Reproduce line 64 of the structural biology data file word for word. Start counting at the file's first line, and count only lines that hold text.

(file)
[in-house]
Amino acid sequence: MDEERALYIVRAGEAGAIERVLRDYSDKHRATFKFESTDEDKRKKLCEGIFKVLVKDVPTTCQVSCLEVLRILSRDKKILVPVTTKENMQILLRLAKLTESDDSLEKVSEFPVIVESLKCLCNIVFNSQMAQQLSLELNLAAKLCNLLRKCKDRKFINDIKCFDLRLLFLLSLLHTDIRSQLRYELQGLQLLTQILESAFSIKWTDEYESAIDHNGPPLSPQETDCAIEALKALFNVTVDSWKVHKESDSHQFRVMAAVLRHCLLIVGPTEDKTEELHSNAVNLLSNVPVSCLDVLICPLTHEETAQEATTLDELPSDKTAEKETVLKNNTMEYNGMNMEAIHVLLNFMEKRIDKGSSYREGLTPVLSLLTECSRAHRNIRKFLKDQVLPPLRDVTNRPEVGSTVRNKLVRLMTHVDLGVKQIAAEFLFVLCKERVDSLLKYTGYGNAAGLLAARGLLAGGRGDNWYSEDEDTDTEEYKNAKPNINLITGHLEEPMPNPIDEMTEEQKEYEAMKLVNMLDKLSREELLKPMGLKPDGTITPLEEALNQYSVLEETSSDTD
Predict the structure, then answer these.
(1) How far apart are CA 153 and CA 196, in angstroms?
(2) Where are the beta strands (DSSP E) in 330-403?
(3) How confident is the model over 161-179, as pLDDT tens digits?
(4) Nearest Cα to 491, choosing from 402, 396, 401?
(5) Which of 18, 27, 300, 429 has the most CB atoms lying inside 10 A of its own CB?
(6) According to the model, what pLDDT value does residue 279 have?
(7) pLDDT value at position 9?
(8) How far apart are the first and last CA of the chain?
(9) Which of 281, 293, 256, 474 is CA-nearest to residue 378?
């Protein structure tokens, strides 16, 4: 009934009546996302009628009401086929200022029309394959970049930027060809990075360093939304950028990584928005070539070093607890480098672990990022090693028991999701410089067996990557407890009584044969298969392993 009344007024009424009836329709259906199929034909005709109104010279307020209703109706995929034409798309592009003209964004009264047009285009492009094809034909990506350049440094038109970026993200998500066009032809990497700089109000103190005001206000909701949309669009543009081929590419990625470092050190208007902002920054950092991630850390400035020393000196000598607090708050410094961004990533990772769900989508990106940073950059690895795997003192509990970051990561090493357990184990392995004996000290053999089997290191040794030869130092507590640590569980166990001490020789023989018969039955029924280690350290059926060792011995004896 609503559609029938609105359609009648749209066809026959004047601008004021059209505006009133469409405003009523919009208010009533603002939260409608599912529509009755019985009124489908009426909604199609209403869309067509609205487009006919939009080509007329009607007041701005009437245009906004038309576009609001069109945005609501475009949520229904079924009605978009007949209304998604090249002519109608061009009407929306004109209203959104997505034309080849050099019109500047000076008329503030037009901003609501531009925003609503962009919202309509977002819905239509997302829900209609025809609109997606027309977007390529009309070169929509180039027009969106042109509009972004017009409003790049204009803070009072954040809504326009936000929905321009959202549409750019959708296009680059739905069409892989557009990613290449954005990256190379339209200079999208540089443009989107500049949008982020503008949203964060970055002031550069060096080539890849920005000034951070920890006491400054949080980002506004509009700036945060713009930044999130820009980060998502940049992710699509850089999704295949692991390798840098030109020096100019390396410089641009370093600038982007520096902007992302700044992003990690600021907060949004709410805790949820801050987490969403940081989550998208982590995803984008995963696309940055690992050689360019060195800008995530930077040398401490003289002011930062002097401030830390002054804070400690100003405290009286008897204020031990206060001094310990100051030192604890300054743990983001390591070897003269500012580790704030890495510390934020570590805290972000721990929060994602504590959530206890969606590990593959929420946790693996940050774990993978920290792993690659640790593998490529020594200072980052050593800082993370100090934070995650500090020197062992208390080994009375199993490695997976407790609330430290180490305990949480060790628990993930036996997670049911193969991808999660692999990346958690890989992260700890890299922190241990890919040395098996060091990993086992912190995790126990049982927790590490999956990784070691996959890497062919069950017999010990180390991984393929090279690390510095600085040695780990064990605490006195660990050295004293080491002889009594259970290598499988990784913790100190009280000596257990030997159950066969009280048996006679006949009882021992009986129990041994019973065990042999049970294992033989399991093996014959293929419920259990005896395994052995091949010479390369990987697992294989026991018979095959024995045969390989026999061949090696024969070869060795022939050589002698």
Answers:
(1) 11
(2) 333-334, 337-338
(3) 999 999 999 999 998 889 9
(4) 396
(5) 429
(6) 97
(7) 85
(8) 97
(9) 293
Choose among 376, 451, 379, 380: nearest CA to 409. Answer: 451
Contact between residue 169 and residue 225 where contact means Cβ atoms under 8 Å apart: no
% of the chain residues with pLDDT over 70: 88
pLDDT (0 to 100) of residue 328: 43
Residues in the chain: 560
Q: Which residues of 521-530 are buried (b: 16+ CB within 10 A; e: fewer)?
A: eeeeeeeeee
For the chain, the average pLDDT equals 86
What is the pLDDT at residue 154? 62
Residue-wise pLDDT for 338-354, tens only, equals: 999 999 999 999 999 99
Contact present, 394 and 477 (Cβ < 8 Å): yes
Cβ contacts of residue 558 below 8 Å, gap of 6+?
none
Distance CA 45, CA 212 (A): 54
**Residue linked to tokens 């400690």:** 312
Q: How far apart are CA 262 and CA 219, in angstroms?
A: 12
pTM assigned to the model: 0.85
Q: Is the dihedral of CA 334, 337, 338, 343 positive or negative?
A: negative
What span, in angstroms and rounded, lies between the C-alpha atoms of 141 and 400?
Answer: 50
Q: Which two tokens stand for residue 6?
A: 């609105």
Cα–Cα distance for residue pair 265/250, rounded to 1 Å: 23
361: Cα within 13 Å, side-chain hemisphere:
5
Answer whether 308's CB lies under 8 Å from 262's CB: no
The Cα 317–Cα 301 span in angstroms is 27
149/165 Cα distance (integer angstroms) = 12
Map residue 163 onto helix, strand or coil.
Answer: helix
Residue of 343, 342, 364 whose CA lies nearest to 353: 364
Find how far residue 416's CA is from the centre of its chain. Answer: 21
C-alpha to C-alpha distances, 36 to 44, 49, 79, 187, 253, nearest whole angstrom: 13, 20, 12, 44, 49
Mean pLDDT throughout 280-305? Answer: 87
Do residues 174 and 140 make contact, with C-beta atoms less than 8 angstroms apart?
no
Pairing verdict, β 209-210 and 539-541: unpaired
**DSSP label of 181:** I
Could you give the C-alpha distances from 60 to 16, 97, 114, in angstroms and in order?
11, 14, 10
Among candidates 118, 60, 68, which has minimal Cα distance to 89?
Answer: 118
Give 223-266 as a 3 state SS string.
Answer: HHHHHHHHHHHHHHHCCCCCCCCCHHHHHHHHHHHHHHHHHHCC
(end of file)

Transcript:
Could you give the C-alpha distances from 60 to 16, 97, 114, in angstroms and in order?